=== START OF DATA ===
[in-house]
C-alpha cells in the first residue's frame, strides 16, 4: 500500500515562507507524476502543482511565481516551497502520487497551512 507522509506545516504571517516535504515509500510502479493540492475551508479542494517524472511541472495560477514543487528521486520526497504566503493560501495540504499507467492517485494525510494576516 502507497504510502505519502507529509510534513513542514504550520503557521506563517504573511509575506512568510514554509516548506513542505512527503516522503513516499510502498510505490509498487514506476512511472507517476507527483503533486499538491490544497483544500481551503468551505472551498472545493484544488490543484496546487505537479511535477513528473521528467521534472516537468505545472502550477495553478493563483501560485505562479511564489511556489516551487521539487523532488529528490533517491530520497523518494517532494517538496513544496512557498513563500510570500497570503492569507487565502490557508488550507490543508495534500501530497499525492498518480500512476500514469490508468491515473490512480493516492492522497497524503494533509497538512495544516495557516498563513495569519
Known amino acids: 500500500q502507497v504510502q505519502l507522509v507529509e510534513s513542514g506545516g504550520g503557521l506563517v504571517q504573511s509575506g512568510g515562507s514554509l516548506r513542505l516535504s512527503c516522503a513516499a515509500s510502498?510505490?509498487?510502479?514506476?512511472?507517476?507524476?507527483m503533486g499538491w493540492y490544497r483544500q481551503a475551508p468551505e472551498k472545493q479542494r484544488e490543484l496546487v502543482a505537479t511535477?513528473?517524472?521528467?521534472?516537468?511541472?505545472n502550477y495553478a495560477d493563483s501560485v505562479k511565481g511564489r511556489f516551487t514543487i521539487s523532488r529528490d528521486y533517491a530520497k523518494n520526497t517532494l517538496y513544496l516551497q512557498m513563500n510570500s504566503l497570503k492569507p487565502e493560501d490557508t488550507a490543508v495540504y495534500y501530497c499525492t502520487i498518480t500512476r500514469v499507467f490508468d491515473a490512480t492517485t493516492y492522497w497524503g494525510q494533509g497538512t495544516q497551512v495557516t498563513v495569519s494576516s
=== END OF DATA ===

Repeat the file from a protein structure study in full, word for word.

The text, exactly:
[in-house]
C-alpha cells in the first residue's frame, strides 16, 4: 500500500515562507507524476502543482511565481516551497502520487497551512 507522509506545516504571517516535504515509500510502479493540492475551508479542494517524472511541472495560477514543487528521486520526497504566503493560501495540504499507467492517485494525510494576516 502507497504510502505519502507529509510534513513542514504550520503557521506563517504573511509575506512568510514554509516548506513542505512527503516522503513516499510502498510505490509498487514506476512511472507517476507527483503533486499538491490544497483544500481551503468551505472551498472545493484544488490543484496546487505537479511535477513528473521528467521534472516537468505545472502550477495553478493563483501560485505562479511564489511556489516551487521539487523532488529528490533517491530520497523518494517532494517538496513544496512557498513563500510570500497570503492569507487565502490557508488550507490543508495534500501530497499525492498518480500512476500514469490508468491515473490512480493516492492522497497524503494533509497538512495544516495557516498563513495569519
Known amino acids: 500500500q502507497v504510502q505519502l507522509v507529509e510534513s513542514g506545516g504550520g503557521l506563517v504571517q504573511s509575506g512568510g515562507s514554509l516548506r513542505l516535504s512527503c516522503a513516499a515509500s510502498?510505490?509498487?510502479?514506476?512511472?507517476?507524476?507527483m503533486g499538491w493540492y490544497r483544500q481551503a475551508p468551505e472551498k472545493q479542494r484544488e490543484l496546487v502543482a505537479t511535477?513528473?517524472?521528467?521534472?516537468?511541472?505545472n502550477y495553478a495560477d493563483s501560485v505562479k511565481g511564489r511556489f516551487t514543487i521539487s523532488r529528490d528521486y533517491a530520497k523518494n520526497t517532494l517538496y513544496l516551497q512557498m513563500n510570500s504566503l497570503k492569507p487565502e493560501d490557508t488550507a490543508v495540504y495534500y501530497c499525492t502520487i498518480t500512476r500514469v499507467f490508468d491515473a490512480t492517485t493516492y492522497w497524503g494525510q494533509g497538512t495544516q497551512v495557516t498563513v495569519s494576516s